I still worry to this day how that first kid is doing in the 'real world.' You can show up late for work, 'forget' to finish your task, and certainly relate to others. Then again, those two other kids-I am certain--are doing amazingly well.

  5. I find the comments by the two ladies on here very interesting. Everything a person does is influence. To the restaurant we eat at and tell someone about to the movies we watch(I would suggest Facing the Giants and Fireproof) and talk to others about. To have influence is life. So to be a teacher and say you do not influence your students is a little scary to me. Because you are and if you don't know it that is even more intimidating. The bad agenda that you write about is that exactly. Look around, please pop the bubble you think you are living in and look at life. Remember how things were when you were a child and look at how they are now. When I was a kid, I don't remember hearing about any school shootings, or school violence involving guns and I grew up in a very large city and I went to public school. From what I remember of school is not the memories that I want my children to have of their youth. Thank you for teaching I am sure it is not easy. Have a great day.

    Matt Schweitzer

  6. I only have good memories from school. I had so many great friends that to this day are still some of my closest friends! My teachers were all very kind, and loving. There wasn't any violence in my school either. We can't put a sterotype on all public schools, because of the sad things that happen at some. I feel very confident that my kids are in a safe environment each day when they go off to school.

  7. I am sorry you don't have good memories from your schooling experience. Maybe that is why you are speaking out against them?
    Secondly, school shootings higher prior to Columbine in 1999 than after.
    Thirdly, my kids get to play in a neighborhood full of kids, take part in activities, visit parks, and generally have a great life.

  8. Melissa: I bet you weren't ready for this can of worms. I commend you on homeschooling. You know that, because I believe we have talked about it in the past.
    I was merely defending my career choice AND my choice to public-school my kids. This is your blog, and I apologize for taking away from it.

  9. I am writing here about homeschooling because I think everyone should do it. Why would anyone give the government permission to influence their childrens education? Schools teach kids to be good employees. Being an employee is not the most safe place to be right now. To learn to think outside the box, shut off the t.v. and use ones mind. As Henry Ford said to think is the hardest thing a person can do, that is why so few people do it. Being at a job doing the same thing over and over again is not thinking. Dale Carnegie said, Any fool can criticize, condemn, and complain, and most do. The way to understand criticism is to realize that all great achievement meets with resistance. In fact, attracting a few good critics can be a key indicator that you are on the road to success. Keep up the good work Melissa. Have a great day.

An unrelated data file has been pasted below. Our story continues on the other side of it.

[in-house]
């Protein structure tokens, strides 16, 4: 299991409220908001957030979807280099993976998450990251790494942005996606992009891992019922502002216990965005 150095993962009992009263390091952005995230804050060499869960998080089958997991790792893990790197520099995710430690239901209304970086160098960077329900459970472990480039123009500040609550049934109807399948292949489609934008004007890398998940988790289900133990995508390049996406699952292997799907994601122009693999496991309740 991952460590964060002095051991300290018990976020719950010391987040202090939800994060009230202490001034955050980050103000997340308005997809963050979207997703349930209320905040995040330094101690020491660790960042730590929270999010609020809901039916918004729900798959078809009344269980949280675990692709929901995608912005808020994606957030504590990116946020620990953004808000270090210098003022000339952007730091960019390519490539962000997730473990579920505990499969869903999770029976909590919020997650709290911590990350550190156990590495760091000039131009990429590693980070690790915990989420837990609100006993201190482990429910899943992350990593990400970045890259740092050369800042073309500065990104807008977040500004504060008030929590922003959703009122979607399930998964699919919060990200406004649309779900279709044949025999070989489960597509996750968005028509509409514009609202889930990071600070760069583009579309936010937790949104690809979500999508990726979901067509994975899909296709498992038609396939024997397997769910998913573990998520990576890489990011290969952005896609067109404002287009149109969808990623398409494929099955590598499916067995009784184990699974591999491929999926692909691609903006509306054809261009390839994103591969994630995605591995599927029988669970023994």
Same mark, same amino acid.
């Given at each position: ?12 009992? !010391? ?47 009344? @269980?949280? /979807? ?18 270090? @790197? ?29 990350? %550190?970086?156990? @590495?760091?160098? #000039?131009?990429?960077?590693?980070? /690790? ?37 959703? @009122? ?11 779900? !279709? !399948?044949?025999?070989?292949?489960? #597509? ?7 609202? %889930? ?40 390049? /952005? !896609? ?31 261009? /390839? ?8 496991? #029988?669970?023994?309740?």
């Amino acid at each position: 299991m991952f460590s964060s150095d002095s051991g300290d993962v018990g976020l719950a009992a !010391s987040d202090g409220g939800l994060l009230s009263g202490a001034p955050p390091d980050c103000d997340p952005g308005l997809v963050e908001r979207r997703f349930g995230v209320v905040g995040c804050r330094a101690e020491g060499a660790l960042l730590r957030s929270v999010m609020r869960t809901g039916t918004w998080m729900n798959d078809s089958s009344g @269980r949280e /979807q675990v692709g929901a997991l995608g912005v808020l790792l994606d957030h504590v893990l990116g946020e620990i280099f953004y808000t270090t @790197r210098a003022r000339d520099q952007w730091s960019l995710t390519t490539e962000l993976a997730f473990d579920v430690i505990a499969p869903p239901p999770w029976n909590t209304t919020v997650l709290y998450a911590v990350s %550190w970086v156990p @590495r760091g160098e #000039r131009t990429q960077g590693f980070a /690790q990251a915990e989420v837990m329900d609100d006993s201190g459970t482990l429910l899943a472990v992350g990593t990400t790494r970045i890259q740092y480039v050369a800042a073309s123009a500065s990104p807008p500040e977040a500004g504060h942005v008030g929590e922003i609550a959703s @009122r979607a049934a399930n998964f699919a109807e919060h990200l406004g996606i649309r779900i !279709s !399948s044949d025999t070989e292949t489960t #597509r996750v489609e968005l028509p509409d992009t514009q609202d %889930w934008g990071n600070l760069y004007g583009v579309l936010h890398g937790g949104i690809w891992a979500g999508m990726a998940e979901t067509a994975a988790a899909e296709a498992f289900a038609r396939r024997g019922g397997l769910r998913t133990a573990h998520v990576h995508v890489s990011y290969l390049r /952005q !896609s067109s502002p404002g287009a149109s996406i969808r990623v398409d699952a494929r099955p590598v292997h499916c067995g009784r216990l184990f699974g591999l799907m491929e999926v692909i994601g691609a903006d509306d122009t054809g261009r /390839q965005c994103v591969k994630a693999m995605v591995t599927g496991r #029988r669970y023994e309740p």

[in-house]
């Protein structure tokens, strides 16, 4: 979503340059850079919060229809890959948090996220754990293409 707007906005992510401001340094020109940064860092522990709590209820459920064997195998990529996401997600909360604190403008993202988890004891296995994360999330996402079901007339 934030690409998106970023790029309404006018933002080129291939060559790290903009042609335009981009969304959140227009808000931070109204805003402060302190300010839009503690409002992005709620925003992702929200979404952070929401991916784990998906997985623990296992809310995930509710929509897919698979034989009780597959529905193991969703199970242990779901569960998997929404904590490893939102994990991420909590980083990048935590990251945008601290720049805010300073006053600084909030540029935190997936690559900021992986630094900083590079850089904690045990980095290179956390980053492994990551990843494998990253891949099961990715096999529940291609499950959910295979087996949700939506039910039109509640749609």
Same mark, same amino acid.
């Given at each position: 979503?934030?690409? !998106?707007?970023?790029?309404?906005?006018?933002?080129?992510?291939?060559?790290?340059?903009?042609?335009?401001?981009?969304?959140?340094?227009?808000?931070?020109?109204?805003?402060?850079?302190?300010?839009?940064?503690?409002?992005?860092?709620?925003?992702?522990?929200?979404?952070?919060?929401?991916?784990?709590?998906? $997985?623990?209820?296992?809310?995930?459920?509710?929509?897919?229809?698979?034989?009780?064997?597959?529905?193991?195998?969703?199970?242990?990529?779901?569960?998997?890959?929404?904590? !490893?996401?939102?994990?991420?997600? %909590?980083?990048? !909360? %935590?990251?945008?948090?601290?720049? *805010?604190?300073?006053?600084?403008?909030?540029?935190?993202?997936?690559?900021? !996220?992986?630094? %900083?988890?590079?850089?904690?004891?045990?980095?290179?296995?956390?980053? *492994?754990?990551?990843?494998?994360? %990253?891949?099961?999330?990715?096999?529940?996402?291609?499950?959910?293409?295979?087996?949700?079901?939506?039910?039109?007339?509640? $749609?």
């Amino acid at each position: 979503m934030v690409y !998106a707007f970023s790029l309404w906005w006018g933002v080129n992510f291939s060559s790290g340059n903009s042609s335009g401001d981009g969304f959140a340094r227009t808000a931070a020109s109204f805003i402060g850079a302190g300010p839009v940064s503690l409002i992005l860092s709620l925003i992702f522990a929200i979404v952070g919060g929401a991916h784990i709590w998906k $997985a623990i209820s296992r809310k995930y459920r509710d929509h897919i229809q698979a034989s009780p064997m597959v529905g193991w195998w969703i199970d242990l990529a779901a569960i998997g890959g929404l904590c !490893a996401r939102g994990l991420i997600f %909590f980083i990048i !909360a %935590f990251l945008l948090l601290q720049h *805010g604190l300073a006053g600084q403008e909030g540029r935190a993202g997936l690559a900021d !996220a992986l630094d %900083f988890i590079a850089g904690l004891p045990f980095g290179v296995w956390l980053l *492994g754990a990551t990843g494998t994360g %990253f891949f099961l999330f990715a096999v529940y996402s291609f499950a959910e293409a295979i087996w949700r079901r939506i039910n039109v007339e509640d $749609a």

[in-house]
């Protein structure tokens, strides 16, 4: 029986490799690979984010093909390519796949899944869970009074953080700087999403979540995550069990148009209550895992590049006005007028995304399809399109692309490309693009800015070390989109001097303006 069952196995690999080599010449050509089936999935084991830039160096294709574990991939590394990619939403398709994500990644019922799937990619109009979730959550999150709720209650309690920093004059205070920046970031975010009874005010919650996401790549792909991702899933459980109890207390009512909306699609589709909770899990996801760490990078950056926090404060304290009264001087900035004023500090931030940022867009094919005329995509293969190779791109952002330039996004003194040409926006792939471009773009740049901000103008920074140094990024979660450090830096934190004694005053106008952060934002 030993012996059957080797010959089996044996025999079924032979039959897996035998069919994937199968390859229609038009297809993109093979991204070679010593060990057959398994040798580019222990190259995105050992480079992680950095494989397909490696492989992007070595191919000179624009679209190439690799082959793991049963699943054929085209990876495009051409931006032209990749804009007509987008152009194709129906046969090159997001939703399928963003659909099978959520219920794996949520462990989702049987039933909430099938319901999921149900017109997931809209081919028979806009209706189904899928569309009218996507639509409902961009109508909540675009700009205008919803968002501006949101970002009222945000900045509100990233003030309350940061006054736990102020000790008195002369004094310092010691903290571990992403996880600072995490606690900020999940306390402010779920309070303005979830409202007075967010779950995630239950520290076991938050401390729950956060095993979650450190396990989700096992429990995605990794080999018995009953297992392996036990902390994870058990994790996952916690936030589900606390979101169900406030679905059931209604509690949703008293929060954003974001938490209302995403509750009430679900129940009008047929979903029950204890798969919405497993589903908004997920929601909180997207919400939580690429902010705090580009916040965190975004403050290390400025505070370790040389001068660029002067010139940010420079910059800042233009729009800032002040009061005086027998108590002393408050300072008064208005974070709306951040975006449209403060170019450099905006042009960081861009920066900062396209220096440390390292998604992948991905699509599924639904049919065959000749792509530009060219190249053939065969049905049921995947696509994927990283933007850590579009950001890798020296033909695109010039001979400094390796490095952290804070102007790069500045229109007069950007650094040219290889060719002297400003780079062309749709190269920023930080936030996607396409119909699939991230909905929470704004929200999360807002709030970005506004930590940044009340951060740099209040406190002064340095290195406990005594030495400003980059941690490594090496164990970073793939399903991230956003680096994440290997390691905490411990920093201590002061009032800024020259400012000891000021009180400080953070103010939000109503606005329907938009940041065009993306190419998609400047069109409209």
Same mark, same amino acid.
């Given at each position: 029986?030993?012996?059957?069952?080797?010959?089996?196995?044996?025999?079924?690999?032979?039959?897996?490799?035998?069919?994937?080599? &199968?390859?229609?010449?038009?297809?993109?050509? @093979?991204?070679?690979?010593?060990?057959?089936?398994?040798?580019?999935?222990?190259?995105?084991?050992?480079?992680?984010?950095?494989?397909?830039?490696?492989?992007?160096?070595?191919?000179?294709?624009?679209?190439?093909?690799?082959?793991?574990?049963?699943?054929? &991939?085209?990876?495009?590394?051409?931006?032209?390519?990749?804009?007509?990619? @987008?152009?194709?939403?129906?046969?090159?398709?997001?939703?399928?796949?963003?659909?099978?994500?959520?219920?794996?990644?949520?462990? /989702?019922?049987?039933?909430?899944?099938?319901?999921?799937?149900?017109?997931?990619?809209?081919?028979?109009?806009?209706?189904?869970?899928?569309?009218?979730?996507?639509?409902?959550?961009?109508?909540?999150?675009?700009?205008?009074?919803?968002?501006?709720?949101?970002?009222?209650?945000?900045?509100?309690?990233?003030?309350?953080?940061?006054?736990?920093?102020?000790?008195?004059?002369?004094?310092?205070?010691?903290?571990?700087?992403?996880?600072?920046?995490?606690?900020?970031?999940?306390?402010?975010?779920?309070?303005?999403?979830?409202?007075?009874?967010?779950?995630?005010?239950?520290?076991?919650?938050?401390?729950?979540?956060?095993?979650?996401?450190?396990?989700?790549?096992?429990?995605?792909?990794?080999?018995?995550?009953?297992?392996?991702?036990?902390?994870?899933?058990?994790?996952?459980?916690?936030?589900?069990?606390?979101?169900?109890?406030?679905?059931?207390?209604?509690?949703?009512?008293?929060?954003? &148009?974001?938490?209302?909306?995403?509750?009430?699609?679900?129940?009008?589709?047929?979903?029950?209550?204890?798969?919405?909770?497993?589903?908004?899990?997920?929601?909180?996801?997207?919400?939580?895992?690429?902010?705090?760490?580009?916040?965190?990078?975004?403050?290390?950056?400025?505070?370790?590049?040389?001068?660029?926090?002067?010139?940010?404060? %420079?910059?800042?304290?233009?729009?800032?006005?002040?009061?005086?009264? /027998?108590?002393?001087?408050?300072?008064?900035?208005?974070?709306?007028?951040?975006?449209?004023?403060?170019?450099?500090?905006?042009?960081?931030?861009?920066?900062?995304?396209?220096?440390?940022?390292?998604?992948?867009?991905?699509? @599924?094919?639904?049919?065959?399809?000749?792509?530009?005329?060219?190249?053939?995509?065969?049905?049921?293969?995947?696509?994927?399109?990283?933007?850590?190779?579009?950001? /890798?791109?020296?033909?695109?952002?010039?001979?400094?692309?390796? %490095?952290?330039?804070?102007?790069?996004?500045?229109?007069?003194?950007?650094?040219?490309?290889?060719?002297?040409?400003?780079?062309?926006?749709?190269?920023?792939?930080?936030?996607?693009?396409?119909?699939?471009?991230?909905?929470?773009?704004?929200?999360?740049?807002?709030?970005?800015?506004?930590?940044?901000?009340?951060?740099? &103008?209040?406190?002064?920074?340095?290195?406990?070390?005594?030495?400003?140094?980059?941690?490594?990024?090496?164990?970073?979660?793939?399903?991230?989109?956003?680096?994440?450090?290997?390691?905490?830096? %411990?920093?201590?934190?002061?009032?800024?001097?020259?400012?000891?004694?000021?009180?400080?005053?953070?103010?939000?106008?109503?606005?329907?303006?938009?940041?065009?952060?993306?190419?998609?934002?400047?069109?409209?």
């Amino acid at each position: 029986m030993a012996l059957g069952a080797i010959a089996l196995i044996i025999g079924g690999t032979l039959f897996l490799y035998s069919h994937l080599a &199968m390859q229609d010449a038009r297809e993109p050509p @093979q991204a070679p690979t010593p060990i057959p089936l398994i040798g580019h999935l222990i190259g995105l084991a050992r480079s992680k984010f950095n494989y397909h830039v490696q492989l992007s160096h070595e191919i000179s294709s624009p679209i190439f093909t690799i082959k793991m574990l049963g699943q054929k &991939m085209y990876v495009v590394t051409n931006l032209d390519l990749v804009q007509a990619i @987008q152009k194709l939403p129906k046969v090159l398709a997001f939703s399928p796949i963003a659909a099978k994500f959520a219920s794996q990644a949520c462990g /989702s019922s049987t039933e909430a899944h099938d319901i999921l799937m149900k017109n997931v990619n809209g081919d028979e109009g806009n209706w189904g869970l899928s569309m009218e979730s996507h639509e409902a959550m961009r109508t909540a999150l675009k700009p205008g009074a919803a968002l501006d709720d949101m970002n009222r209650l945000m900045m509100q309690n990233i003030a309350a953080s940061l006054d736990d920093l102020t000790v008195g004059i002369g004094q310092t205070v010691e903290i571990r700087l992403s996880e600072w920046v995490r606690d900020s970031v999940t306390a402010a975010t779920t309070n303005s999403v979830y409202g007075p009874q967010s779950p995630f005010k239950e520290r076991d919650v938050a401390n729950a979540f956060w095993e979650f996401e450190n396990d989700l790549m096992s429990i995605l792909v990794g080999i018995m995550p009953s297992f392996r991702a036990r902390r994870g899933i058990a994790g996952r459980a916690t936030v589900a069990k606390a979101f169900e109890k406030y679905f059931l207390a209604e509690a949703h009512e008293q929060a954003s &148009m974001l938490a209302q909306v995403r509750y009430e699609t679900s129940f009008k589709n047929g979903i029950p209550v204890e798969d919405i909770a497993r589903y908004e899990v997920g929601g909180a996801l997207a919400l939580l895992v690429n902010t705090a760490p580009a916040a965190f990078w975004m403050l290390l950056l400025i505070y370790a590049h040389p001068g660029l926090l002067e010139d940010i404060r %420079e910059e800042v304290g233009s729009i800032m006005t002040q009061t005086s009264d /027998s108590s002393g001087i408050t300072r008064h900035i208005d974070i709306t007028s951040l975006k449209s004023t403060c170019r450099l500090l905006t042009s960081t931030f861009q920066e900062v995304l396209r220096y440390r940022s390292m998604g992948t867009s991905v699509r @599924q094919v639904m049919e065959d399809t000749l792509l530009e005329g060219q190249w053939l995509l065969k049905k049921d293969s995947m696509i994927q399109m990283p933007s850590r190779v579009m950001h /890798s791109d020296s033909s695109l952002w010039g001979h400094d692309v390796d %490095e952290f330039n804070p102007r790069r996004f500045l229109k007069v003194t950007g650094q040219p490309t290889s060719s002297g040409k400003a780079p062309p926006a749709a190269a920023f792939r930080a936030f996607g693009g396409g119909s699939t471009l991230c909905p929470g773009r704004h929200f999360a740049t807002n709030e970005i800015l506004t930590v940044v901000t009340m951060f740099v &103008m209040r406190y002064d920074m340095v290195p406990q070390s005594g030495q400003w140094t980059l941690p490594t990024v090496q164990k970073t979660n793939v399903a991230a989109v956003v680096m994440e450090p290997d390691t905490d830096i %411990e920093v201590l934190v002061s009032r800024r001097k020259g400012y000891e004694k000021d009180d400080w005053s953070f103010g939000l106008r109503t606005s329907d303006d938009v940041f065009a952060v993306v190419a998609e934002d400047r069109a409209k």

Matt Schweitzer

  10. I am assuming you don't have children with down's syndrome, autism, asperger's syndrome, ADHD, FAS, or any other severe disability that requires extra assistance.
    Government does a darn lot of good in this country and for children. Homeschooling isn't for everyone. NOTHING is for everyone.

  11. You would be right is writing that I don't have any children that are challenged with those types of things. But even if we did have a child that was I would not take free money from the government because that would mean that I would be making americans pay for my child. I don't believe in that. By the words that you write I would read into what you have written here that you like are current president? Let me ask you this, does the government take care of the people or do the people take care of the government? Seeing as you like to read I would suggest you read the series by Richard J. Maybury. Now back on point, I believe a lot of the things you listed off can be prevented by proper diet, staying away from vaccines(another government curse used to control the people), and the elimination of free radicals from second hand smoke and alcohol. Also you statment that government does a lot of good for children, that is governments reason for doing anything. They use the schools as their ploy to tax more. As for nothing is for everyone, I would have to disagree with that statement, wide is the path narrow is the gate, but to believe that he died for our sins to believe in Jesus Christ that he was sent here for all man kind and to have a relationship with him is the way thru that gate is for everyone. Have a great day.

    Matt Schweitzer

  12. I don't think that Jesus would like us being so judgemental of each other.